Avoid Getting Sick At Your Cookout

A Group Of Friends Helping Themselves To Food At A Summer Barbecue

Photo: Getty Images

Memorial Day is coming up and tons of Americans love to have backyard cookouts for the occasion and the rest of the summer months. But let’s face it…cookouts can sometimes mean a case of the sicks. With the assistance of Ellen Shumaker, director of outreach for North Carolina State University community food safety program, “Huffington Post” has put together a list of the most common causes of foodborne illnesses at cookouts – and here they are!

  • Germs from your friends – This is the number one risky behavior – if your friends don’t wash their hands properly or sanitize them frequently you could be at risk for a foodborne illness.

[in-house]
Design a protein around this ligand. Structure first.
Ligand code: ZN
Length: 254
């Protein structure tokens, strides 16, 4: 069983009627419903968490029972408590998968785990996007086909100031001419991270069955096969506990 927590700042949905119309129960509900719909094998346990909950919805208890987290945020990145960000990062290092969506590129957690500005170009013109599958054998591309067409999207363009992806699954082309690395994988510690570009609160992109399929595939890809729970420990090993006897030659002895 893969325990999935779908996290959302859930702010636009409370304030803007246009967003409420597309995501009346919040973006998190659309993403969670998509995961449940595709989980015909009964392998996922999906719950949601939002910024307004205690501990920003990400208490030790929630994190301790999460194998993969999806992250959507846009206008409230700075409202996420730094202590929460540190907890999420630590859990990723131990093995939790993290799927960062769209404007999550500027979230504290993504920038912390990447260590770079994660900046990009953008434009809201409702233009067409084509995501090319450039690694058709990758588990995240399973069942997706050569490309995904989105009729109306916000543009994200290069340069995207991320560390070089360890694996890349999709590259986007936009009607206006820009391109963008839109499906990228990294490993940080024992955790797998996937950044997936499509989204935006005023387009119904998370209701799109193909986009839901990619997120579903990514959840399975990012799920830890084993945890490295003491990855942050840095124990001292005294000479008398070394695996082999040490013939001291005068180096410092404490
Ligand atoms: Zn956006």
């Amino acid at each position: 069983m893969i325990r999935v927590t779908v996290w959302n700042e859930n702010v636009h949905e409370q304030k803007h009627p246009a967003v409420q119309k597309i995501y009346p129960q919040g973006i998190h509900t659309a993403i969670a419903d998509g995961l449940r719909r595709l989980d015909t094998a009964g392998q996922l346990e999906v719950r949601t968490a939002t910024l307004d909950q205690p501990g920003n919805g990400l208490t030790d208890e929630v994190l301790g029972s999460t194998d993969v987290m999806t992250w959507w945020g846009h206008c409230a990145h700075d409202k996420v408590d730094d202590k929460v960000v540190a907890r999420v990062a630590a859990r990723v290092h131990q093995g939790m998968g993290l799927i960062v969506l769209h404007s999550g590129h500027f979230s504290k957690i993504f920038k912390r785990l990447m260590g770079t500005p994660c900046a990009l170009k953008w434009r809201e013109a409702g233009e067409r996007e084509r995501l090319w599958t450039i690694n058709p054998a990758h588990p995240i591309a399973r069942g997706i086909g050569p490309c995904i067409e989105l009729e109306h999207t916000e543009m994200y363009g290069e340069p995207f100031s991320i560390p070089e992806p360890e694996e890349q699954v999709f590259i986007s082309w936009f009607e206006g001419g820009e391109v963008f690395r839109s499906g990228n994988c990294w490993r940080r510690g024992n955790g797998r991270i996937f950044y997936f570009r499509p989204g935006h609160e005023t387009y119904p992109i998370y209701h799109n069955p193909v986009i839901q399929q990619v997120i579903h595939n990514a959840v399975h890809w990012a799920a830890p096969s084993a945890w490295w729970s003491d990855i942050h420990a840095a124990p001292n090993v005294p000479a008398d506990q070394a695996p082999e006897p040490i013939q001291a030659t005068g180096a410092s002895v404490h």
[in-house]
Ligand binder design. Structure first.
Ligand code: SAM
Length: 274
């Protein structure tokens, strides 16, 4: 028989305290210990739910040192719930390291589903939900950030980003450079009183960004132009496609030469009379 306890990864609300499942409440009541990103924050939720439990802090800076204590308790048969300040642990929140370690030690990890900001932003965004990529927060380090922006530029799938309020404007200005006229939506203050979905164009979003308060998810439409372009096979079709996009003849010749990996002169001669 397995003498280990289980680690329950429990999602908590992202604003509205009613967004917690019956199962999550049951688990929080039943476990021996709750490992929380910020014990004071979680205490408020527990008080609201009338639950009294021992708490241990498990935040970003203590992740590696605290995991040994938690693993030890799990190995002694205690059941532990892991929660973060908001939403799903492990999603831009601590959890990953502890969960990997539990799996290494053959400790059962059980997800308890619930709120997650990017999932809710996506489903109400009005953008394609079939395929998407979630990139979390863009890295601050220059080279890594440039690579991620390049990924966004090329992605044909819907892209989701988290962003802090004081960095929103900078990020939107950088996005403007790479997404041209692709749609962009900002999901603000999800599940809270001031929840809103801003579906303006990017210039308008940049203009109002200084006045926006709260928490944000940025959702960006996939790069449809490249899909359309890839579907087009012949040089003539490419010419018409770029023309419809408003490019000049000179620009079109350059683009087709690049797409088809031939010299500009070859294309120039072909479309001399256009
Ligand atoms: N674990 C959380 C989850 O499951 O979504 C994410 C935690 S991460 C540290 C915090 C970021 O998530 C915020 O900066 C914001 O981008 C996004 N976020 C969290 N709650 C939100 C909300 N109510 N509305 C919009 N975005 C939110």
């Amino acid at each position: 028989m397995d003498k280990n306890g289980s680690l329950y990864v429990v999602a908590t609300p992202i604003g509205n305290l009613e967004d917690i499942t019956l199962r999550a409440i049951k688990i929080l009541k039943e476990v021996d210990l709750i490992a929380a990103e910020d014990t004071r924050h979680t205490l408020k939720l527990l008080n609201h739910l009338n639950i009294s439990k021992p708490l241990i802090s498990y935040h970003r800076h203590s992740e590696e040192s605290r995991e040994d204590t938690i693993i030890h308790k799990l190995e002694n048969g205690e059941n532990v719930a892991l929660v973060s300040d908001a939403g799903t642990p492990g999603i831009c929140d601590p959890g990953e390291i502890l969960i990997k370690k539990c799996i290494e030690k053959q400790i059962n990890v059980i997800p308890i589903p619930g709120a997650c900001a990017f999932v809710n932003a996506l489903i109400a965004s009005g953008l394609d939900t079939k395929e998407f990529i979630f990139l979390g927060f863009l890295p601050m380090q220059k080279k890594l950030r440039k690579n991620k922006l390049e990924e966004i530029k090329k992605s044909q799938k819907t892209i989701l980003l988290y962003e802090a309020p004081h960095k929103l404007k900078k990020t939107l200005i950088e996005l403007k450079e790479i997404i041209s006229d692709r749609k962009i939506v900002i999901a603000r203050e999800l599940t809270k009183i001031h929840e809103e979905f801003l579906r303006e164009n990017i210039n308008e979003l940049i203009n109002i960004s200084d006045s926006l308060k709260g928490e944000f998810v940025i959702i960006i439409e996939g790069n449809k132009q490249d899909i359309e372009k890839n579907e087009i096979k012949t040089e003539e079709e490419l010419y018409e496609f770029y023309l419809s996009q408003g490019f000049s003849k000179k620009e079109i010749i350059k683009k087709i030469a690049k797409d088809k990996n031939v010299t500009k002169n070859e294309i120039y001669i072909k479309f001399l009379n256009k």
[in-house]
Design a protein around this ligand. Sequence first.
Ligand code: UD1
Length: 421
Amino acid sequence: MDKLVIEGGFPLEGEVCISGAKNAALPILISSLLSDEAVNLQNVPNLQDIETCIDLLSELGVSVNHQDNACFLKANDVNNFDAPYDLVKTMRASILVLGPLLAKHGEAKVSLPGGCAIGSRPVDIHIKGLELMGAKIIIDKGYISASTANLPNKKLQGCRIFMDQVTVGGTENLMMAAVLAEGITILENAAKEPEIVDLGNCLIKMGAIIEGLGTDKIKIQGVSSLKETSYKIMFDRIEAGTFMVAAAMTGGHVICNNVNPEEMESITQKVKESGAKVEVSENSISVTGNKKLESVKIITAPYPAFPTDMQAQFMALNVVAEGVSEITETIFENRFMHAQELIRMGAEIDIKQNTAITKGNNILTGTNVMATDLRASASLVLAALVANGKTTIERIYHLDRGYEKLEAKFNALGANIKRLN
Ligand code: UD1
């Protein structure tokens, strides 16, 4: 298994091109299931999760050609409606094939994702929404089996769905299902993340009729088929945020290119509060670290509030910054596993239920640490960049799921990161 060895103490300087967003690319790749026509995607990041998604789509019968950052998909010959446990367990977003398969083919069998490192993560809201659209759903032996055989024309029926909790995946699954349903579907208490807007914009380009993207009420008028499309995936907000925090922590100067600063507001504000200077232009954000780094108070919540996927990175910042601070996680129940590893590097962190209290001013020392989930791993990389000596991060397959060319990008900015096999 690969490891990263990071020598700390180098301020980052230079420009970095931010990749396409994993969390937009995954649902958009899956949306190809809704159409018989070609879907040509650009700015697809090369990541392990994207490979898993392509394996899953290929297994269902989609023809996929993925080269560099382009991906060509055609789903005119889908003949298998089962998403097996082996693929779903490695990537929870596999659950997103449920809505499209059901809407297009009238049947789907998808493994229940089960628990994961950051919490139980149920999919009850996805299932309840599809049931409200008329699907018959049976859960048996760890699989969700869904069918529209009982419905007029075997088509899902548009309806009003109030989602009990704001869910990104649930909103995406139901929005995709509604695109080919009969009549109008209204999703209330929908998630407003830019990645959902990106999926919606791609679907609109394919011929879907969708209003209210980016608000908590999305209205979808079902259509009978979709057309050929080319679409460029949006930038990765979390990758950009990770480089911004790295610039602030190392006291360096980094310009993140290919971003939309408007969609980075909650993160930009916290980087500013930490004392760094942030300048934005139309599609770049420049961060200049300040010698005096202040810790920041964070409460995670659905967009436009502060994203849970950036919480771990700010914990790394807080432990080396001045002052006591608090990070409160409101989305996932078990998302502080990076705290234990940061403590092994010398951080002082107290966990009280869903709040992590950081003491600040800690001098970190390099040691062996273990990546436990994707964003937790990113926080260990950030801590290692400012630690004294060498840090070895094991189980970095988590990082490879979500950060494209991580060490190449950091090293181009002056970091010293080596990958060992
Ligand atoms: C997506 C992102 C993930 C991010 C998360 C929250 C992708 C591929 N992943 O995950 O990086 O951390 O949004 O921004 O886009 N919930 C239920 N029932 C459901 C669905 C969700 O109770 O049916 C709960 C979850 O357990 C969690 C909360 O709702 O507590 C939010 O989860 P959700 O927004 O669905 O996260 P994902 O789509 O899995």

• Food being left out in the sun too long – Safety inspector Jeff Nelken stresses that any food that is supposed to be kept hot or cold should not be left sitting out. The “danger zone” of temperature is between 40- and 140-degrees Fahrenheit and that’s when bacteria begin to multiply and can double in as fast as 20 minutes. He goes on to say that food should never be in that zone for more than two hours and cold food dishes no longer than an hour. After that they need to be refrigerated and stay colder than 40 degrees F and warm food needs to be kept above 140 degrees F. In other words, if that potato salad has a funk to it? Skip it.
  • Meat is undercooked or has contaminated other foods – Experts say that nothing that touches raw meat touches it again once it’s been cooked. They recommend a designated plate and utensils to be used for raw meat handling ONLY (and these should never touch cooked meat). And watch your temps? Shumaker stresses that meat temperatures be adhered to: 165-degrees, 145-degrees for beef and 160-degrees for ground beef.

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